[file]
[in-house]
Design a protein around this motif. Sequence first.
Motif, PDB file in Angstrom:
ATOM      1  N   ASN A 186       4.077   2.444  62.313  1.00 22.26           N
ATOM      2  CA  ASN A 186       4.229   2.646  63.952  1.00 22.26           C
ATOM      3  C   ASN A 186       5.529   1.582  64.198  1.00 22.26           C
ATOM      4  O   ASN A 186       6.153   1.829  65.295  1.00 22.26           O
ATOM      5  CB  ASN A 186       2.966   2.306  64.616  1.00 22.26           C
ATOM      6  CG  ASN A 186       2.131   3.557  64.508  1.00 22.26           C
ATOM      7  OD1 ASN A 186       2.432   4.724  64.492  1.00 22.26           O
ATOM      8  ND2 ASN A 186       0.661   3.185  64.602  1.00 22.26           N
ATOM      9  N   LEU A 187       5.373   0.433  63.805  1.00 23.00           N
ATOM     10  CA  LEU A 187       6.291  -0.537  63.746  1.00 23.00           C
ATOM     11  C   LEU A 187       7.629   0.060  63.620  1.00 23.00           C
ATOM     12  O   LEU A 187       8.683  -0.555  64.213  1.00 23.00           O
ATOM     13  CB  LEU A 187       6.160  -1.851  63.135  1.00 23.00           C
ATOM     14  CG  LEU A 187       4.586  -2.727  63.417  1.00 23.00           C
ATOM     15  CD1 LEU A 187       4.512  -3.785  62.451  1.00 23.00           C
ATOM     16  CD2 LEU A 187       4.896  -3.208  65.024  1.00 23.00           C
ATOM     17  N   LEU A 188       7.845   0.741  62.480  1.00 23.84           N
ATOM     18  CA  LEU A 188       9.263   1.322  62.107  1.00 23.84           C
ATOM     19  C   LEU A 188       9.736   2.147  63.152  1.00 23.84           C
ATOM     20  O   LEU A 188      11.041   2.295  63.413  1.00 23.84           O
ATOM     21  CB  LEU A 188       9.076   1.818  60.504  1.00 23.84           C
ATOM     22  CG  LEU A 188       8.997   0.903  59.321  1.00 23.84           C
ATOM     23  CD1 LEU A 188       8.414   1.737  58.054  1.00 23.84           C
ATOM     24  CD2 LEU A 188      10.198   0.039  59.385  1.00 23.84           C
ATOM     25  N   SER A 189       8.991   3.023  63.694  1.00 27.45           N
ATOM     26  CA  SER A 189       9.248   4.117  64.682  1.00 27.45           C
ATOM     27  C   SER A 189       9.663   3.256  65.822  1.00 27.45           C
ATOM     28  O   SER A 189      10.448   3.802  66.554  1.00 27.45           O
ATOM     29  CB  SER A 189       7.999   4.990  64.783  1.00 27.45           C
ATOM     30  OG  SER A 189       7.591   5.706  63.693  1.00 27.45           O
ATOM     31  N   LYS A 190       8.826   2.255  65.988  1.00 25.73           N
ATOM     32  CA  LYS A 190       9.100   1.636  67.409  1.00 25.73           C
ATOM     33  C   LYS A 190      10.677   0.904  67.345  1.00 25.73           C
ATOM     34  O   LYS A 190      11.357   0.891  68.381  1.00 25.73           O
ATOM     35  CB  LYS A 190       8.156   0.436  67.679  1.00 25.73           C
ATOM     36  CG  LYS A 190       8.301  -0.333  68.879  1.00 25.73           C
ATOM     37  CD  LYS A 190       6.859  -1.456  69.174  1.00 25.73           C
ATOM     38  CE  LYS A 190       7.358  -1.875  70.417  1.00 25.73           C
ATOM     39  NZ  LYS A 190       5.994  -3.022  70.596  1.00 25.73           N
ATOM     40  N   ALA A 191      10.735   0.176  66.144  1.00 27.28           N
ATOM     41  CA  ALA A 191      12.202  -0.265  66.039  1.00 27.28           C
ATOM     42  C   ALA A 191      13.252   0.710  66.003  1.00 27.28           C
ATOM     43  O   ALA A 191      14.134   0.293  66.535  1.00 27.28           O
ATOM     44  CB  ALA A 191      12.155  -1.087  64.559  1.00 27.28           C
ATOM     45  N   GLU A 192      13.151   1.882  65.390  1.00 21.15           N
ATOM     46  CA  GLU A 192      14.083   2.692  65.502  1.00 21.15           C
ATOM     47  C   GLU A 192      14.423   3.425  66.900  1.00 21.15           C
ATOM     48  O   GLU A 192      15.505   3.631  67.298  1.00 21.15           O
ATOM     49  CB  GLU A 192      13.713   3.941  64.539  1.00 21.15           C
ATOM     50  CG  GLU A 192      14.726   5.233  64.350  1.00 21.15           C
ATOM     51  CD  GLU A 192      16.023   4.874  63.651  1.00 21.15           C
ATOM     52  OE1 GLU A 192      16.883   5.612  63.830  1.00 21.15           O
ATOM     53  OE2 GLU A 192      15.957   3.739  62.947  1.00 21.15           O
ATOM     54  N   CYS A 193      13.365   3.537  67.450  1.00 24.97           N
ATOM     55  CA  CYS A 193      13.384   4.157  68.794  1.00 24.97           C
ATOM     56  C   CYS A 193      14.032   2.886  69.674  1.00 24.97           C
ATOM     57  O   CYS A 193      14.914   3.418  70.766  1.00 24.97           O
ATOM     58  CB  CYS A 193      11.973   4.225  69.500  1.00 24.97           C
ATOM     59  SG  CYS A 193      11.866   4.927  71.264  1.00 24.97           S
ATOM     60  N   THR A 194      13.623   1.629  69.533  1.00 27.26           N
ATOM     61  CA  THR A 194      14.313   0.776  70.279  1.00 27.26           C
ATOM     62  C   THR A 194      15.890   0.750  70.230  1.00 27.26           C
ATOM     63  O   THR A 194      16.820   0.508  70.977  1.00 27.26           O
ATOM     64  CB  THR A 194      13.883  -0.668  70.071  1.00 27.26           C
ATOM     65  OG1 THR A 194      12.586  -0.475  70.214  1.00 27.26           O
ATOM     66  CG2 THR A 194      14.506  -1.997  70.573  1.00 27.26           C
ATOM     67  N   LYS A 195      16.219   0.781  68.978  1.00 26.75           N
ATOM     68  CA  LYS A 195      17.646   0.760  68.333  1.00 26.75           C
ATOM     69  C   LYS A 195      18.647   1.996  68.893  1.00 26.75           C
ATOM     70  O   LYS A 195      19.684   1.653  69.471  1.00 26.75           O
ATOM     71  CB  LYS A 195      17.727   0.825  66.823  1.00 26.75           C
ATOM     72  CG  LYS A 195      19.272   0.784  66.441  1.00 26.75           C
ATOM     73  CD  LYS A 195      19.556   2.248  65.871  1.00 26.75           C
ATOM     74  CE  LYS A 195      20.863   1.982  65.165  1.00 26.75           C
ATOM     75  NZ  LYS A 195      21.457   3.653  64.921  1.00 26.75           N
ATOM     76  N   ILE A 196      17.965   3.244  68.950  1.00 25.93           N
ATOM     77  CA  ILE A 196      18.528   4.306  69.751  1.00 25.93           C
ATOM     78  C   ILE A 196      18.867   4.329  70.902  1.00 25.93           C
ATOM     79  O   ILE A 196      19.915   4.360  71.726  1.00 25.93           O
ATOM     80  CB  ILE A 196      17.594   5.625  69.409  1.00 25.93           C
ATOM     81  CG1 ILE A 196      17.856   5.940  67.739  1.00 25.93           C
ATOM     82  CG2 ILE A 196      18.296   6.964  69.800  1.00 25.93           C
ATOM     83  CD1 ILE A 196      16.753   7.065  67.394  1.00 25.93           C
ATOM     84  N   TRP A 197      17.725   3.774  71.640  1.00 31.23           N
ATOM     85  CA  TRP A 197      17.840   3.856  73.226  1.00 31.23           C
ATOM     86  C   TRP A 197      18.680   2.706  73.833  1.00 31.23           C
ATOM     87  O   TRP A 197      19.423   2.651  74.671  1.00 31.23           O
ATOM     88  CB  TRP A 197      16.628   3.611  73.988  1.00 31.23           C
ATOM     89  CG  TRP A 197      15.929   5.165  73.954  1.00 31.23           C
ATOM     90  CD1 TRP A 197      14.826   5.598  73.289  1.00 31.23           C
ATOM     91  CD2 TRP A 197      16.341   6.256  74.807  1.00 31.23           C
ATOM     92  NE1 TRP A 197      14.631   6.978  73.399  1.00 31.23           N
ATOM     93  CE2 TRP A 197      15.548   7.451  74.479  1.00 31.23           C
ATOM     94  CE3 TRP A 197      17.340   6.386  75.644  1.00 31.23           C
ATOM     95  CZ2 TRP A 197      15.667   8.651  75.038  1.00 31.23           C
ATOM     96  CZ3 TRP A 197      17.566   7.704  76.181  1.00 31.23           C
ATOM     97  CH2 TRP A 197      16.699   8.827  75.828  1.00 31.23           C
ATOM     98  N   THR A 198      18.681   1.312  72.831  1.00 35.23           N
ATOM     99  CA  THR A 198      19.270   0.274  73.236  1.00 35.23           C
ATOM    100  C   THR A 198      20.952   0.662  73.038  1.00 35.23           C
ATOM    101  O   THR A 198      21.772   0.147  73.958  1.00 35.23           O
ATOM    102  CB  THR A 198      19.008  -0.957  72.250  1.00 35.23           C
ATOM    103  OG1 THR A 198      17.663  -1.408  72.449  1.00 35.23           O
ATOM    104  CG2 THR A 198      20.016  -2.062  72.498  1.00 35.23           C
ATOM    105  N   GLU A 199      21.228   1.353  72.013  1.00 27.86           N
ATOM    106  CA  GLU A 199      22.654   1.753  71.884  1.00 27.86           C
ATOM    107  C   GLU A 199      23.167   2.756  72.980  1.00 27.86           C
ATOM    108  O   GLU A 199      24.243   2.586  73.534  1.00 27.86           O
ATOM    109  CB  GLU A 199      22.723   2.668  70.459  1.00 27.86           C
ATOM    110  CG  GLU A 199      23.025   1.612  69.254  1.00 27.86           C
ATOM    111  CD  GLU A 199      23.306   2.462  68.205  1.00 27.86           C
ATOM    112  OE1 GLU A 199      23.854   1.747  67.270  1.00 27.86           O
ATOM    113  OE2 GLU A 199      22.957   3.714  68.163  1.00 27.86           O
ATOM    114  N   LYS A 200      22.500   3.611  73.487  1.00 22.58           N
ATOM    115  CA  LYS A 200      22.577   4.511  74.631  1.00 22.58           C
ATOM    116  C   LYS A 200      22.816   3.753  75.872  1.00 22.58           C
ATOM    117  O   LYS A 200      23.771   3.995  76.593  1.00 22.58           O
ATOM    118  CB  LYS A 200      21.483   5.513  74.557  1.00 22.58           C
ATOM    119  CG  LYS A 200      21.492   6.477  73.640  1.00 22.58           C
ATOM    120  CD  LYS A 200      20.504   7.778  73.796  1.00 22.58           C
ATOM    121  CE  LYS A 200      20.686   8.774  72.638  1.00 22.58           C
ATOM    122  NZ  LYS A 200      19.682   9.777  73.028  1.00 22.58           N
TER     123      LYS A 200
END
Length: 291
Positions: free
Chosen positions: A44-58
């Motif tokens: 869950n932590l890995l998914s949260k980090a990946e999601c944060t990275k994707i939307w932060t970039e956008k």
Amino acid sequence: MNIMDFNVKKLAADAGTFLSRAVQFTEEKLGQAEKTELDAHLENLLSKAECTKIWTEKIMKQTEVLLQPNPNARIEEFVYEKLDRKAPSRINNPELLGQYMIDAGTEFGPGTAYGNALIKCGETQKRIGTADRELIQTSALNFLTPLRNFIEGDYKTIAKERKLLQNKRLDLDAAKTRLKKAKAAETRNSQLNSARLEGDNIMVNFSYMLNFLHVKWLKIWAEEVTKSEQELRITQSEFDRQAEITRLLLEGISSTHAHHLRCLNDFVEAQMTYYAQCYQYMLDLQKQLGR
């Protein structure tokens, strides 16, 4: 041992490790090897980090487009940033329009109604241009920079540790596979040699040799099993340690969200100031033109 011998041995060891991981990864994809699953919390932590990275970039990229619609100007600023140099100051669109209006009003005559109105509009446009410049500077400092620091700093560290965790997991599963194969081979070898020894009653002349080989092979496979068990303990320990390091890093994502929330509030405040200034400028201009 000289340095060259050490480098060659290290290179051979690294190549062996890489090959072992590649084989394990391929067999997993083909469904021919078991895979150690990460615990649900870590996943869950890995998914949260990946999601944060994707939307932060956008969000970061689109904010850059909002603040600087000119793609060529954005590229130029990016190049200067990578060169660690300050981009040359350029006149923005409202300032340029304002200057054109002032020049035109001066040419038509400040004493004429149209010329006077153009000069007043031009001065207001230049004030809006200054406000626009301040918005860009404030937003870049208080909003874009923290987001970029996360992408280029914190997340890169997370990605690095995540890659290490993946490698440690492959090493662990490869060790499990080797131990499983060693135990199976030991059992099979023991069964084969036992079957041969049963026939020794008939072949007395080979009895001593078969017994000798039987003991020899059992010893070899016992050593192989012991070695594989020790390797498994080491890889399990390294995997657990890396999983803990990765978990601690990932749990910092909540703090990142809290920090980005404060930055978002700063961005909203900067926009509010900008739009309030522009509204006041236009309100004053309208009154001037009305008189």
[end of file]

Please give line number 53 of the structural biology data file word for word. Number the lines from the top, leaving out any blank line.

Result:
ATOM     50  CG  GLU A 192      14.726   5.233  64.350  1.00 21.15           C